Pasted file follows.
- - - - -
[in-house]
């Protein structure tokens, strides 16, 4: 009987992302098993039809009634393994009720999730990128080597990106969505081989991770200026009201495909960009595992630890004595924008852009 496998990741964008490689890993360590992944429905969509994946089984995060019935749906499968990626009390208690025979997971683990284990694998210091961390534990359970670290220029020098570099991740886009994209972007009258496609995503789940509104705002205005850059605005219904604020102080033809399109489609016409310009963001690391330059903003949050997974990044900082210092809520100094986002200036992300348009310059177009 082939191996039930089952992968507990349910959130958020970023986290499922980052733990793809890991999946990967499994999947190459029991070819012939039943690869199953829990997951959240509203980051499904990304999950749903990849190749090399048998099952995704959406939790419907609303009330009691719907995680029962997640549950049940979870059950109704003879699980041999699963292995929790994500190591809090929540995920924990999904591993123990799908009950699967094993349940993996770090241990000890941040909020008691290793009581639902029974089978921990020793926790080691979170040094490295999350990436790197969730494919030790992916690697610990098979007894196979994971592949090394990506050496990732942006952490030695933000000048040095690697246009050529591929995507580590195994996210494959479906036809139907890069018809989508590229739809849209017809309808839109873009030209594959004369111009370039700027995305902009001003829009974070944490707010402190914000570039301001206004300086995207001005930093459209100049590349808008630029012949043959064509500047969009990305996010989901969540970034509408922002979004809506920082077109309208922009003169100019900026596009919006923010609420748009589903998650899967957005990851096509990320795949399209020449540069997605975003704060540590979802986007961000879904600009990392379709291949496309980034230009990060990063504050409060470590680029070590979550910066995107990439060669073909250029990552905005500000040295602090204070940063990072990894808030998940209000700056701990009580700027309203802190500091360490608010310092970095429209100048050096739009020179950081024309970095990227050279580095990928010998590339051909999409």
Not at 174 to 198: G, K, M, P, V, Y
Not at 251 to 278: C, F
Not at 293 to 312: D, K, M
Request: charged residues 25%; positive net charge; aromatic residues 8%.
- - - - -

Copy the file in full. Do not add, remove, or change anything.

[in-house]
């Protein structure tokens, strides 16, 4: 009987992302098993039809009634393994009720999730990128080597990106969505081989991770200026009201495909960009595992630890004595924008852009 496998990741964008490689890993360590992944429905969509994946089984995060019935749906499968990626009390208690025979997971683990284990694998210091961390534990359970670290220029020098570099991740886009994209972007009258496609995503789940509104705002205005850059605005219904604020102080033809399109489609016409310009963001690391330059903003949050997974990044900082210092809520100094986002200036992300348009310059177009 082939191996039930089952992968507990349910959130958020970023986290499922980052733990793809890991999946990967499994999947190459029991070819012939039943690869199953829990997951959240509203980051499904990304999950749903990849190749090399048998099952995704959406939790419907609303009330009691719907995680029962997640549950049940979870059950109704003879699980041999699963292995929790994500190591809090929540995920924990999904591993123990799908009950699967094993349940993996770090241990000890941040909020008691290793009581639902029974089978921990020793926790080691979170040094490295999350990436790197969730494919030790992916690697610990098979007894196979994971592949090394990506050496990732942006952490030695933000000048040095690697246009050529591929995507580590195994996210494959479906036809139907890069018809989508590229739809849209017809309808839109873009030209594959004369111009370039700027995305902009001003829009974070944490707010402190914000570039301001206004300086995207001005930093459209100049590349808008630029012949043959064509500047969009990305996010989901969540970034509408922002979004809506920082077109309208922009003169100019900026596009919006923010609420748009589903998650899967957005990851096509990320795949399209020449540069997605975003704060540590979802986007961000879904600009990392379709291949496309980034230009990060990063504050409060470590680029070590979550910066995107990439060669073909250029990552905005500000040295602090204070940063990072990894808030998940209000700056701990009580700027309203802190500091360490608010310092970095429209100048050096739009020179950081024309970095990227050279580095990928010998590339051909999409």
Not at 174 to 198: G, K, M, P, V, Y
Not at 251 to 278: C, F
Not at 293 to 312: D, K, M
Request: charged residues 25%; positive net charge; aromatic residues 8%.